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Despite what one might think upon hearing the word, anchorage is not a precise age. Instead, it is a range of ages that varies from person to person. Anchorage starts at an imprecise moment that depends on the mental and physical condition of the individual in question and continues beyond the death of that person.

Anchorage begins at the point when someone feels that age is weighing him or her down. The definition of “weighing down” is strictly up to the individual to whom it refers. For example, some people might feel that they have reached anchorage when they are not able to walk quite as far or fast or can’t carry heavy parcels as easily as they once could. Others might not think of themselves as being in anchorage until they have much more serious age-related mobility and other muscle and joint issues. While still others might consider anchorage to have commenced only when they have cognitive impairments that prevent them remembering, for example, where they live or parked their car or how and where to urinate or defecate when necessary.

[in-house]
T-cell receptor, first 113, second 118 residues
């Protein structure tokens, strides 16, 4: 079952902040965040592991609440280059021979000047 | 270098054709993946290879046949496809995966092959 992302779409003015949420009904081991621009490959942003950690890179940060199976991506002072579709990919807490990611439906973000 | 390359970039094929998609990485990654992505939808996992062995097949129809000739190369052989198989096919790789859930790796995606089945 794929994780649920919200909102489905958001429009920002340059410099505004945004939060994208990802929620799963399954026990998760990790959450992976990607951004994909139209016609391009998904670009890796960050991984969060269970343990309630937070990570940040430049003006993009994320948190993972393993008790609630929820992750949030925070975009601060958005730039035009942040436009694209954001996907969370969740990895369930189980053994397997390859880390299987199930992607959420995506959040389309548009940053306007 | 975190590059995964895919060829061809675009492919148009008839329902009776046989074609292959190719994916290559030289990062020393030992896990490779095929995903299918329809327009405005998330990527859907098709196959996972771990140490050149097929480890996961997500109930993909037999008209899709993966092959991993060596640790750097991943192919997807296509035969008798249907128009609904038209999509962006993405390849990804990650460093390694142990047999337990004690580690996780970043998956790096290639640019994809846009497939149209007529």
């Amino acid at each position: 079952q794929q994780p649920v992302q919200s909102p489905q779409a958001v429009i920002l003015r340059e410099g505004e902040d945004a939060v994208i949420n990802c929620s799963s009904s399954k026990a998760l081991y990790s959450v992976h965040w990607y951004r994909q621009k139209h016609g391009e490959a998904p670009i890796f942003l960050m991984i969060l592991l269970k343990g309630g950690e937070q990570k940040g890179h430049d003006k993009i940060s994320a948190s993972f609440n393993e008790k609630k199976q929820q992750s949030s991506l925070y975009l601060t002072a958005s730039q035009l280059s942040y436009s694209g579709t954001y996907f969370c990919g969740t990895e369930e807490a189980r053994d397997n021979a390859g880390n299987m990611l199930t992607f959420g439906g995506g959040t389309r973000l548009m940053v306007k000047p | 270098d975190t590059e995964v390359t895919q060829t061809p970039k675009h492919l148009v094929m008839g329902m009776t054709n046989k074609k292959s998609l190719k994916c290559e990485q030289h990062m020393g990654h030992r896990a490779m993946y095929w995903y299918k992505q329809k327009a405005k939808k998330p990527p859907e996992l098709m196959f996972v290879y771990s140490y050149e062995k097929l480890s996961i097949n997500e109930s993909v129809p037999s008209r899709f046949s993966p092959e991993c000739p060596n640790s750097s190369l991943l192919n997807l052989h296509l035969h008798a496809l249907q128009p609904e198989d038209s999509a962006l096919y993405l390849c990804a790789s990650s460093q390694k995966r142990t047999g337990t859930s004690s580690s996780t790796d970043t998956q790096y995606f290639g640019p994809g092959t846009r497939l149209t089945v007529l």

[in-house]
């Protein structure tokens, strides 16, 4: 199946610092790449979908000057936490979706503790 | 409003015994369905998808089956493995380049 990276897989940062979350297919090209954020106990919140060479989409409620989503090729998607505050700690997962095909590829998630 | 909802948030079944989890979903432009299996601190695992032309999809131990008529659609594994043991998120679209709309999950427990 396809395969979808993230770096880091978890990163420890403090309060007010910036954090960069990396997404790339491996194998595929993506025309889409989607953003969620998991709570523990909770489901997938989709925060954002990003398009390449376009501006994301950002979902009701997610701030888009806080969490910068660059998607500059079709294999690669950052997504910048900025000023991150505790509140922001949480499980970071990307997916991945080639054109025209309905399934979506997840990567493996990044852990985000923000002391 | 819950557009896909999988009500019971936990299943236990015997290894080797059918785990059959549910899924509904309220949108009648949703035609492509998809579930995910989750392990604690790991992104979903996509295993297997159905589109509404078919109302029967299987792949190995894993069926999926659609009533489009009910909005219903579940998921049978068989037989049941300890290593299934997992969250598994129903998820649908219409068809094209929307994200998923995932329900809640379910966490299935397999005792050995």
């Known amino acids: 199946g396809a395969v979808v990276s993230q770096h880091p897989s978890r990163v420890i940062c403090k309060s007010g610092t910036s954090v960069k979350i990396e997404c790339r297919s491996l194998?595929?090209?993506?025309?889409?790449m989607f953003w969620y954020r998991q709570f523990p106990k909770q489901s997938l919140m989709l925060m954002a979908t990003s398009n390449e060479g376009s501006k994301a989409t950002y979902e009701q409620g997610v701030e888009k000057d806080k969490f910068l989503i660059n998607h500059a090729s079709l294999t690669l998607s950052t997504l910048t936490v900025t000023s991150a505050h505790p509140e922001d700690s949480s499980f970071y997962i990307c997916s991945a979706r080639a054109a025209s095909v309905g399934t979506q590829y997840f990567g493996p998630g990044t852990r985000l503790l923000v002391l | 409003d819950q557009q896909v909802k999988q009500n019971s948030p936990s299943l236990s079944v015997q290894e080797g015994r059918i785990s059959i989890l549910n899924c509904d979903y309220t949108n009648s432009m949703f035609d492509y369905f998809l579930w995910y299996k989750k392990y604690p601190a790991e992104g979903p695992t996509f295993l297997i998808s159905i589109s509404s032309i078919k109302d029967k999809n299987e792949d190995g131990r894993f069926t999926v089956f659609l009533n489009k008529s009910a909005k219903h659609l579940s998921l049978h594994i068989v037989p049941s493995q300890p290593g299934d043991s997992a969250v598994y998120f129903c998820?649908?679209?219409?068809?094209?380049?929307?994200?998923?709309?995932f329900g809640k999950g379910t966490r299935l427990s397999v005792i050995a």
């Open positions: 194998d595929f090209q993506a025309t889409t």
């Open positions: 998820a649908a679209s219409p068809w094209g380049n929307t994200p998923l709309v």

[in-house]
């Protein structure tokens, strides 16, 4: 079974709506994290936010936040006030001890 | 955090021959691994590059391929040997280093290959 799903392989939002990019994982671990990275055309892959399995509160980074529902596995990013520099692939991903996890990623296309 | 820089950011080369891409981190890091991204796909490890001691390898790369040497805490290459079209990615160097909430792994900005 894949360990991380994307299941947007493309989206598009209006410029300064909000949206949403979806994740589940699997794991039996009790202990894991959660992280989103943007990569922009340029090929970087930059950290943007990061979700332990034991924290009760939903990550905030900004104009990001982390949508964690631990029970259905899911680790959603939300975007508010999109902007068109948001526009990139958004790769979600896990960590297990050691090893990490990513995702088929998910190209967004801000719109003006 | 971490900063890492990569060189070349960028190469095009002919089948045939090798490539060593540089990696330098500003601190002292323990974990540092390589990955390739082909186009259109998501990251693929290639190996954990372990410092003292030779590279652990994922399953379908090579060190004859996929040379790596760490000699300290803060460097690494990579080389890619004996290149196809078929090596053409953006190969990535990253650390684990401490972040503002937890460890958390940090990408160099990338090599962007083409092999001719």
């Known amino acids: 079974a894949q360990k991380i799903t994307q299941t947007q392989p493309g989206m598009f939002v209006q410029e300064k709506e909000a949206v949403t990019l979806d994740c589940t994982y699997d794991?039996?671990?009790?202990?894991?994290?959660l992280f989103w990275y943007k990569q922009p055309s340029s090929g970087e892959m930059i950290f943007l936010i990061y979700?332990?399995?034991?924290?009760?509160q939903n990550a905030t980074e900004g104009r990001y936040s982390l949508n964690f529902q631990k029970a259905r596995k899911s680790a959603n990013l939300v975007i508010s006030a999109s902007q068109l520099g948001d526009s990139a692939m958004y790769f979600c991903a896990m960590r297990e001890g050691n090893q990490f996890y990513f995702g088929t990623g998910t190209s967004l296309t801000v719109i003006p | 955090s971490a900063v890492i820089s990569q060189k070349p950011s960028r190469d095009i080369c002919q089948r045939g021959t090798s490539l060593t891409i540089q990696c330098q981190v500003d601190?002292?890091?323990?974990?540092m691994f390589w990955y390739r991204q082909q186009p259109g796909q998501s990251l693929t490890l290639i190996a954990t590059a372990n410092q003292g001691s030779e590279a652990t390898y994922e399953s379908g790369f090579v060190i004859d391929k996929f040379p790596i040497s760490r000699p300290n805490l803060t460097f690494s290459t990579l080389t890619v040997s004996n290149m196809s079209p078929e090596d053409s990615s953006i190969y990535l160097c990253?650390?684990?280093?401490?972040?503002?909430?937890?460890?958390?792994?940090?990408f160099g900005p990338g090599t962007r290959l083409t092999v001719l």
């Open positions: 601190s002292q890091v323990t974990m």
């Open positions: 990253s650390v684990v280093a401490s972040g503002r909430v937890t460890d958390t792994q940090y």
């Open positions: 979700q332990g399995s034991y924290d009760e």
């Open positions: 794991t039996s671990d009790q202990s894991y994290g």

Some people look forward to entering anchorage and exaggerate their condition so they can guilt-trip family, friends and strangers into doing things for them due to their advanced age. If you’ve got to get old, you might as well take advantage of it—or so they say.

As stated above, anchorage continues beyond death. It ends only when that now-dead, former person stops being a burden on other people. That burden might include dealing with funeral and estate arrangements or grief. After the death of the subject person, responsibility for defining anchorage and when it ends falls to the people burdened by the deceased’s demise. If multiple people are burdened by the deceased, anchorage ends only when the last burdened person says it has ended.

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